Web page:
Wine Label Design
Knowledgeable guide in designing your wine bottle labels
5 Best Elements to Design Wine Bottle Label Stickers
If you produce wine on your own, you must make sure that your bottles are competitive.
A quality wine label is essential whether you are bottling wine made from your own vineyard, distributing bottles as favors, or promoting a private label wine under your own brand. This article might help you out!
Keep reading to find out more information about creating the ideal wine label for your company and exactly how to make sure your customers are excited about it.
1. Important Factors
Ensuring the label meets the requirements of the TTB, or Alcohol and Tobacco Tax and Trade Bureau, is the most crucial phase in wine label design.
In order to comprehend what is in the bottle, it is crucial to understand the details and content on wine labels.
The information that has to be on your wine label is listed below.
- Brand Name/Logo
- Alcohol Percentage
- Bottle Name & Address
- Health Warning Statement
- Net Contents
- Ingredient Declaration
- Sulfite Declaration
- Variety of Grape
- Vintage Date
- Appellation of Origin
2. Color Scheme
Think about both the container and the sort of wine you are labeling. Choosing colors for attraction is very important for branding and for expanding your business.
Making sure your label will stand out on the wine bottle it will be sold in is the beginning phase of selecting a color scheme.
Whites are produced in transparent or pale green bottles, whereas color reds are presented in dark green bottles.
Popular color schemes for reds include dark, deep hues that create a melancholy effect or a white wine label with rich ink colors.
Similar to the darker variants, the lighter ones have labels that are more vibrant and use cool hues like green and blue, but they also include details in warm colors like yellow and orange, as well as melancholy black, to give the design depth and intrigue.
Matching with the color of the wine or bottle is another effective way to make an impression.
Bright Yellow Wine Label
As an illustration, the bold and unconventional choice of this brilliant yellow label for red wine.
Your custom wine label’s font selection is just as important as the information printed on it in terms of significance.
A label’s whole aesthetic may be made or broken by unattractive typography.
Pick one to three distinct fonts to use in the label’s design after you’re finished.
The bolder fonts and designs used by traditional wineries express their heritage and originality.
If you use a red label with a dark background, make sure your typeface is powerful enough to add emphasis to your layout.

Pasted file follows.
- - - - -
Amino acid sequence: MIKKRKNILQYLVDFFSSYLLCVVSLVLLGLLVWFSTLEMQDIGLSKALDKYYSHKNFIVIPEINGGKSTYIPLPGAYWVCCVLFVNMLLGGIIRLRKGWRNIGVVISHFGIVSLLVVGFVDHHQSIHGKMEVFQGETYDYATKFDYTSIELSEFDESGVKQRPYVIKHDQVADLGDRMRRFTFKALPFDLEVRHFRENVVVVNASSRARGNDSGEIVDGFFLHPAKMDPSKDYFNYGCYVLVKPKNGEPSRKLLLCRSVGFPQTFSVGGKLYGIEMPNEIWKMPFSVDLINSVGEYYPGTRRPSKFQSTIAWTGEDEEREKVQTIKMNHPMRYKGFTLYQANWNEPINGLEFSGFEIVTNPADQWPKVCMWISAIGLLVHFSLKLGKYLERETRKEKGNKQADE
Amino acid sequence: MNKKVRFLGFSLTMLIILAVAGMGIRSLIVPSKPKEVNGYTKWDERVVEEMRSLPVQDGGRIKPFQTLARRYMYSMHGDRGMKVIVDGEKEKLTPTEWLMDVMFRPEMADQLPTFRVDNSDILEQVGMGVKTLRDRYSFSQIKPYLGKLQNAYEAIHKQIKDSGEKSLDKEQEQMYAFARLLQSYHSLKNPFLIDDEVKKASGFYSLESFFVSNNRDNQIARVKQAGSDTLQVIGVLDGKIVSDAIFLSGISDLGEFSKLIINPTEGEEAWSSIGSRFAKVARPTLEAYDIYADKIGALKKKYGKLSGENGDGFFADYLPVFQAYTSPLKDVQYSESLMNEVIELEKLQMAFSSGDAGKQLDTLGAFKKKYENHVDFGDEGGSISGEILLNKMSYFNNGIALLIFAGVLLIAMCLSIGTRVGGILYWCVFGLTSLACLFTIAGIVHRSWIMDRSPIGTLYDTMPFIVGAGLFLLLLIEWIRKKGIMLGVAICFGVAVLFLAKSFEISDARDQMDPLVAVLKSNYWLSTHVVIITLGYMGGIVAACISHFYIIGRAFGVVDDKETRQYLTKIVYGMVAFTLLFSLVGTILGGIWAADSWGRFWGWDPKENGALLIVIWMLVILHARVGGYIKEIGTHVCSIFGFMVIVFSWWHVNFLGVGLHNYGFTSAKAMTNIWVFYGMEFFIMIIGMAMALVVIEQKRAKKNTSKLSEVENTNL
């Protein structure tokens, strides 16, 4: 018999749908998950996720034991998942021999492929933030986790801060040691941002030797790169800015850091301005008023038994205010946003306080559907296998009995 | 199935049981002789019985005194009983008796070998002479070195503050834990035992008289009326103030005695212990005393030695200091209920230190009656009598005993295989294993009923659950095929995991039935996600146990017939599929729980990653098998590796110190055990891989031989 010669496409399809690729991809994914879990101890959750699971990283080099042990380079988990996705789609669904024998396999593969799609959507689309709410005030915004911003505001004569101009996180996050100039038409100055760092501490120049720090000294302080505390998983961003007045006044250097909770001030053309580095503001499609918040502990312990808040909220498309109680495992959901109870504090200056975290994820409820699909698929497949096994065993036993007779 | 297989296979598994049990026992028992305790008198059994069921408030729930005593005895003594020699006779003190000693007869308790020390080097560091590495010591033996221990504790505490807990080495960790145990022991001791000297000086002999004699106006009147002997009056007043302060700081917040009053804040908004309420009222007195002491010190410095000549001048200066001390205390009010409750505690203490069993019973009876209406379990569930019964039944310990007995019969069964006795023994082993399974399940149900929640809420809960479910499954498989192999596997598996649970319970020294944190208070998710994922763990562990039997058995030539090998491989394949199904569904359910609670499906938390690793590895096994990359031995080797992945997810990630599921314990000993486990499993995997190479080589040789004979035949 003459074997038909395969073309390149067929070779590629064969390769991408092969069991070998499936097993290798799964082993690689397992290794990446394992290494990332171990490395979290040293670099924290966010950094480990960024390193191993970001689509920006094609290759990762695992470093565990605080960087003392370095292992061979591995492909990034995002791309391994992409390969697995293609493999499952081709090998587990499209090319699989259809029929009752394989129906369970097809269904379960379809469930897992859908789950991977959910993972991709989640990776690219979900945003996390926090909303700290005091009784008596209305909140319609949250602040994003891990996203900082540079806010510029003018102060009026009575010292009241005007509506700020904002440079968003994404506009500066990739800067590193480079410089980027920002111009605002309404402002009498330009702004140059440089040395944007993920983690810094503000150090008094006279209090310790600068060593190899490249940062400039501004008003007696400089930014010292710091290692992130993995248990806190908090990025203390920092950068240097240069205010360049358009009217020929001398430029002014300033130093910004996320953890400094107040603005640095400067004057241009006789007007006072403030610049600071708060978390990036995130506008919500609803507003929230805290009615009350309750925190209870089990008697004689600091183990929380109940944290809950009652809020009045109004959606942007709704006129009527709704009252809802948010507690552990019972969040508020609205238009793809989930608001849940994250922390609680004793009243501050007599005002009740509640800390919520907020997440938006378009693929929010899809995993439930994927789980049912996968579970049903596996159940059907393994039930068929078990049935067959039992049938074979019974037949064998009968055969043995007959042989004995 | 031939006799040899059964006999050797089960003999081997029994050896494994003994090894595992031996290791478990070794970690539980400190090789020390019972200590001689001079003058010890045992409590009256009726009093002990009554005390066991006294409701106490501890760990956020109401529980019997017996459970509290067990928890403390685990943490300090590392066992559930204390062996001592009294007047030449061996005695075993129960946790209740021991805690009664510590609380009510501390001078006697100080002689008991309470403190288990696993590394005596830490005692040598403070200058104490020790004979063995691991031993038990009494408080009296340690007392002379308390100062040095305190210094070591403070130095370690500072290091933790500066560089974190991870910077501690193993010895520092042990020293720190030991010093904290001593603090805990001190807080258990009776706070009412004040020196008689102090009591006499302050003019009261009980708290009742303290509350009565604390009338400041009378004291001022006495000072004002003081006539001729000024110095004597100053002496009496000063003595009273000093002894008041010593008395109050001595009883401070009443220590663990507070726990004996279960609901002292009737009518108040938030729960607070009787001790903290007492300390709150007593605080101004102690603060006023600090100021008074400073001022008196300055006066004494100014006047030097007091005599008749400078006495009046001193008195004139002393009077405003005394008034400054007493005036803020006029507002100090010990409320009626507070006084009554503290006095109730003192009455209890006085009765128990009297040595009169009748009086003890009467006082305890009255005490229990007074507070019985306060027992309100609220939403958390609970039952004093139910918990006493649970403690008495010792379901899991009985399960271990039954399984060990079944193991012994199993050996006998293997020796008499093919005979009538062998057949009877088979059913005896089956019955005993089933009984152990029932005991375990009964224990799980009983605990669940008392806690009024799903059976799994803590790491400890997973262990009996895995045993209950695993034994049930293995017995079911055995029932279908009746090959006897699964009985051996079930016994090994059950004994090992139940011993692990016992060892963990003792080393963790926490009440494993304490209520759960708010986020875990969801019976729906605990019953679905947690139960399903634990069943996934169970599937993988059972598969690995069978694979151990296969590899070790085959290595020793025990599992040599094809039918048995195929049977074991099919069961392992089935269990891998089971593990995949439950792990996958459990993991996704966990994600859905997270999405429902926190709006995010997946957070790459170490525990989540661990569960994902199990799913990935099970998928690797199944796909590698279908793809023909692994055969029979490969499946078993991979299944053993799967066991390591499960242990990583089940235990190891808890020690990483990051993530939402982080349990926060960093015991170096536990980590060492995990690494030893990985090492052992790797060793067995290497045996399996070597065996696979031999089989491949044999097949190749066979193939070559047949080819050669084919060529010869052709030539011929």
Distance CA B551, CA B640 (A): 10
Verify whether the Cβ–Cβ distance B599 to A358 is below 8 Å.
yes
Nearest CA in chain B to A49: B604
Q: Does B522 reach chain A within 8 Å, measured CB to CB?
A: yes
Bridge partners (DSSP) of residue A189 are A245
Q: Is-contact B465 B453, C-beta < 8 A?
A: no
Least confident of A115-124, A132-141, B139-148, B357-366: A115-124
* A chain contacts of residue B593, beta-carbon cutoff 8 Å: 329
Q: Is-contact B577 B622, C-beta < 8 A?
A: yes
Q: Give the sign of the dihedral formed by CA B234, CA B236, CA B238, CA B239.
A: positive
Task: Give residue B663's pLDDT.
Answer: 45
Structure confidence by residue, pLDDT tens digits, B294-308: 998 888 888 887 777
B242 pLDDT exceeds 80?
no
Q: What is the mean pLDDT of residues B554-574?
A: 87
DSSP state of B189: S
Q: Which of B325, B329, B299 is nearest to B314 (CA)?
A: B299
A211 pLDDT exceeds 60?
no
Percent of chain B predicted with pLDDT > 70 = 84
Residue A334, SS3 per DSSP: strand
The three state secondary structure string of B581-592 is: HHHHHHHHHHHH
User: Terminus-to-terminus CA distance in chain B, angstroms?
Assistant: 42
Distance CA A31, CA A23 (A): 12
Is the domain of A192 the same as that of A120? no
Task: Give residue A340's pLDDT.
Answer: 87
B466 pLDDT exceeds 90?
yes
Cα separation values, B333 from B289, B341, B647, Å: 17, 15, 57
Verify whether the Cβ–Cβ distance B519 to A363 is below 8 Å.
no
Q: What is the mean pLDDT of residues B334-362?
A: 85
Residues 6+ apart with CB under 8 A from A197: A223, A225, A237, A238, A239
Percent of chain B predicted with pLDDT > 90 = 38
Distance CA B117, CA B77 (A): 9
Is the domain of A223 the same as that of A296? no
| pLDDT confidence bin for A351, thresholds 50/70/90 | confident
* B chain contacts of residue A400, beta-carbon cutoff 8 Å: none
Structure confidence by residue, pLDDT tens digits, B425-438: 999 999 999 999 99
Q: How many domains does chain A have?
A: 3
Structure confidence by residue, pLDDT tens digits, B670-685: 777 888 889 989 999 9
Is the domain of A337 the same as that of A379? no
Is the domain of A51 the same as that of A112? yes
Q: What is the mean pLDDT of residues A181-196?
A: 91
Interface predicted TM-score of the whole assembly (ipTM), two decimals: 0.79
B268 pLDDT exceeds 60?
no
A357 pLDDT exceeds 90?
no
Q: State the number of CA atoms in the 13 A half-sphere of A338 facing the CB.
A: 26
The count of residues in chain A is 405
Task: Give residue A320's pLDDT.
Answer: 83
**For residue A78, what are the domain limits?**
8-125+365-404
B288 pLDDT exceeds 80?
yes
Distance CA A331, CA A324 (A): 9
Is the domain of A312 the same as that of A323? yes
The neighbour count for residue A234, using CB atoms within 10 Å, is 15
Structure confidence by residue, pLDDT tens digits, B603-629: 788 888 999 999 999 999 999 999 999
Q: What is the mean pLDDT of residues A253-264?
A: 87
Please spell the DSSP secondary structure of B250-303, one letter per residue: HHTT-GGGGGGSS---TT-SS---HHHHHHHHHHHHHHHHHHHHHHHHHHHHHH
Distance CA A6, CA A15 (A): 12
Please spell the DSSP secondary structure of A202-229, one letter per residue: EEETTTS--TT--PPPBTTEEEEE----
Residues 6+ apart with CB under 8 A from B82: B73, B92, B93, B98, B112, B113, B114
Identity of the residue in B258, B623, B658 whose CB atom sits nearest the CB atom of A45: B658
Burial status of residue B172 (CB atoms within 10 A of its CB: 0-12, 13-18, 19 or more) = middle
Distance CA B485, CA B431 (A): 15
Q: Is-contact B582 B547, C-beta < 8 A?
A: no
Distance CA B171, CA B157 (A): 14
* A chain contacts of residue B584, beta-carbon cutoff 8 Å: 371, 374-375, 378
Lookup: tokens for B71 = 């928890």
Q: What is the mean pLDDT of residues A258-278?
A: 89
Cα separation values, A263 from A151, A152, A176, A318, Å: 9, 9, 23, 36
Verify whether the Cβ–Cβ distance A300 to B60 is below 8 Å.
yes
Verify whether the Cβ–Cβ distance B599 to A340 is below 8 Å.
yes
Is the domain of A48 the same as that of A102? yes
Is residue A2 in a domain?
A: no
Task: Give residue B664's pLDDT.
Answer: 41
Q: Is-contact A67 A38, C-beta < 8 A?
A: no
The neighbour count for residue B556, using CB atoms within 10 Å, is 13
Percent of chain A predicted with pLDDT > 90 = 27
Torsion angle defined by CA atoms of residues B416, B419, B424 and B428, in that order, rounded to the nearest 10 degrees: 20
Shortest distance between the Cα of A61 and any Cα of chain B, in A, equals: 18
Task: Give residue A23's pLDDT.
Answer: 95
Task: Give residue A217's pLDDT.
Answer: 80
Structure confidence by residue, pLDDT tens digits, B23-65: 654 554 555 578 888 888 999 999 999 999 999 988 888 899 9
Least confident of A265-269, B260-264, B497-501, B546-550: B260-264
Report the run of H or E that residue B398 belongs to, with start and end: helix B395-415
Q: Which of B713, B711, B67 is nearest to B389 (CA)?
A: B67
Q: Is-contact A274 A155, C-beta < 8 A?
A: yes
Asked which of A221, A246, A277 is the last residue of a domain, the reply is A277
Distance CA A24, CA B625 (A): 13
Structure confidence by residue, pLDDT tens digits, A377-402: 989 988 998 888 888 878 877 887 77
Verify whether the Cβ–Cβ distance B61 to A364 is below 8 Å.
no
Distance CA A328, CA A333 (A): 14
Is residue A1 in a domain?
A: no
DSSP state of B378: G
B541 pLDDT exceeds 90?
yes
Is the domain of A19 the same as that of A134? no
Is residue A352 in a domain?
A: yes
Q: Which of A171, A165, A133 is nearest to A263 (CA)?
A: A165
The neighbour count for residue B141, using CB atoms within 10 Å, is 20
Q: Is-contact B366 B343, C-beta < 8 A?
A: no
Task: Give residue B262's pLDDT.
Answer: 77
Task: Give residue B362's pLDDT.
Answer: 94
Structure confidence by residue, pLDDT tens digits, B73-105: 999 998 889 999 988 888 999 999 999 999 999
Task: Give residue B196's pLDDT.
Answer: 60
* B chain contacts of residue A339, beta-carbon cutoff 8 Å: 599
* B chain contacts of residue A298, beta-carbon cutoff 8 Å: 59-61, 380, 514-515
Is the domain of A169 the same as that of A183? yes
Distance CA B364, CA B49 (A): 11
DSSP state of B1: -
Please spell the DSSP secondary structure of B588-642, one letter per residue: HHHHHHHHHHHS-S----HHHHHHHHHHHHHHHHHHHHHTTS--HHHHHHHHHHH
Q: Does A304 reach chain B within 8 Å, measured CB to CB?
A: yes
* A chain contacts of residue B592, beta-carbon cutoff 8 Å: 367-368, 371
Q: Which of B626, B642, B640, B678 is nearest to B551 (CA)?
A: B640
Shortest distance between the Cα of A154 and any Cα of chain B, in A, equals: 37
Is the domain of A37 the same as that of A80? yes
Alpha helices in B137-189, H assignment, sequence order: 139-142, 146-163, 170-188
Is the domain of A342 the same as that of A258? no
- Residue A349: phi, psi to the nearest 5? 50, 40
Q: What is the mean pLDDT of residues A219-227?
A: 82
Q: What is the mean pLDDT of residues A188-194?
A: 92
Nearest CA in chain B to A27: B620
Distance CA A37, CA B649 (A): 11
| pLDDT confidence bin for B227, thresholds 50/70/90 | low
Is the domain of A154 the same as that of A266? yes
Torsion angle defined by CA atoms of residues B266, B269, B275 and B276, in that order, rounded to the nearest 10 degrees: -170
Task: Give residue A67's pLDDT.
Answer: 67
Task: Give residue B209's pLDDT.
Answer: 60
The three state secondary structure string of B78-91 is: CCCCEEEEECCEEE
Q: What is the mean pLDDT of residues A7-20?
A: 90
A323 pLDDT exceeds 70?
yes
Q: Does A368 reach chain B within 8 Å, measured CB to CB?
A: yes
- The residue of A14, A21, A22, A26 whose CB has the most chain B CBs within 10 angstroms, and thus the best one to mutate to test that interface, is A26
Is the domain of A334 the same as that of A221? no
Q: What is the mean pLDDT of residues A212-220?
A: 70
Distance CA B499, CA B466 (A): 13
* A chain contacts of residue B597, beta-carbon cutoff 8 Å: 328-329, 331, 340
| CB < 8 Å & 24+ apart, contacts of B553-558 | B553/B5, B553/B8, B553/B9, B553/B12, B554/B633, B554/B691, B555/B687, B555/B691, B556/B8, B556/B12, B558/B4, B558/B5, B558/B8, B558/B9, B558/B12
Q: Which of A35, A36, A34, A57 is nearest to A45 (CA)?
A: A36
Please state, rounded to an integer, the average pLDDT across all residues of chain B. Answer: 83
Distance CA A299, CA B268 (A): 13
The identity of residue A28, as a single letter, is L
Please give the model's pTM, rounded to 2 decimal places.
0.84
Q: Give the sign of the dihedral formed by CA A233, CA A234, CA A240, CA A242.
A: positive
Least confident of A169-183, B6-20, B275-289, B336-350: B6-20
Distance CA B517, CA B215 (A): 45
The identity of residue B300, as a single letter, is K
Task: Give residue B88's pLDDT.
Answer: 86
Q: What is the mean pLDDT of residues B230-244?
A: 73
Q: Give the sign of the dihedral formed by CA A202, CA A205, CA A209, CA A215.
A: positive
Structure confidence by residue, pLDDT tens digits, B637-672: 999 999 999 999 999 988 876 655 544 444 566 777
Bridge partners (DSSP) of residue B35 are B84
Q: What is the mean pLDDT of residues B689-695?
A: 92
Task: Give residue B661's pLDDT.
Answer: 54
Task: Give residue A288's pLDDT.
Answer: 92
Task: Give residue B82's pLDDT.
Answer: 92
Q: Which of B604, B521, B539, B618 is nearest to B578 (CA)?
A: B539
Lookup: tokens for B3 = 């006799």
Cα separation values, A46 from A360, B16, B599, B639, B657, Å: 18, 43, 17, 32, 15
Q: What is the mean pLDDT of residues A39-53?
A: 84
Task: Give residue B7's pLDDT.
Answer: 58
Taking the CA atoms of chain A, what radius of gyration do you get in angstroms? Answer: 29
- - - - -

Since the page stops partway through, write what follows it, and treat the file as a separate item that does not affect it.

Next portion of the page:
4. Artwork Style
Elegant, bold and modern, minimalist, or vintage tend to be the two categories in which the most common artwork is used in designing artwork graphics.
Choose one depending on the characteristics of your wine, your brand, and your target market.
Whatever design you decide to choose, your label requires attention-grabbing graphics to grab people’s attention.
A little figure or logo may be shown in a minimalist style with a lot of white space surrounding it. See the sample below.
Minimalist Wine Bottle Label Design
Customers may tell if a wine is right for them based on the label’s design, and you can stand out from the crowd and be recognized by using memorable artwork.
5. Selecting the Right Label Material
Furthermore, you have already decided what will appear on the label. The label material’s own quality and texture must now be the next to be considered.
For wines that will be chilled-served or kept refrigerated, waterproof materials like plastic or vinyl are the best options.
These materials are incredibly versatile and keep labels appearing perfect in any circumstance.
If you prefer a transparent label to allow the wine to be more expressive or if you want to take it a step further, you can select a metallic label. Both of these materials can make even the most straightforward designs look more sophisticated.
Clear Wine Bottle Label
Unlaminated paper labels, such as coated and textured paper, can enhance the beauty of your packaging as a whole.
Although the label won’t fall off and the inks won’t fade, unlaminated papers are water-resistant but not completely waterproof.
Unlaminated paper material is a great option for wine labels when it comes to wines that are meant to be served at room temperature.
Textured Paper Wine Label
To ensure that your bottles are connected to one another throughout the market, it is essential to establish consistency in your branding all over your products.
Even though these elements give your brand an indisputable impression of luxury, they also come with limitations and manufacturing restrictions as well as a visible budget.
Remember that in order to keep prices cheap, wine labels typically need to be produced in larger quantities.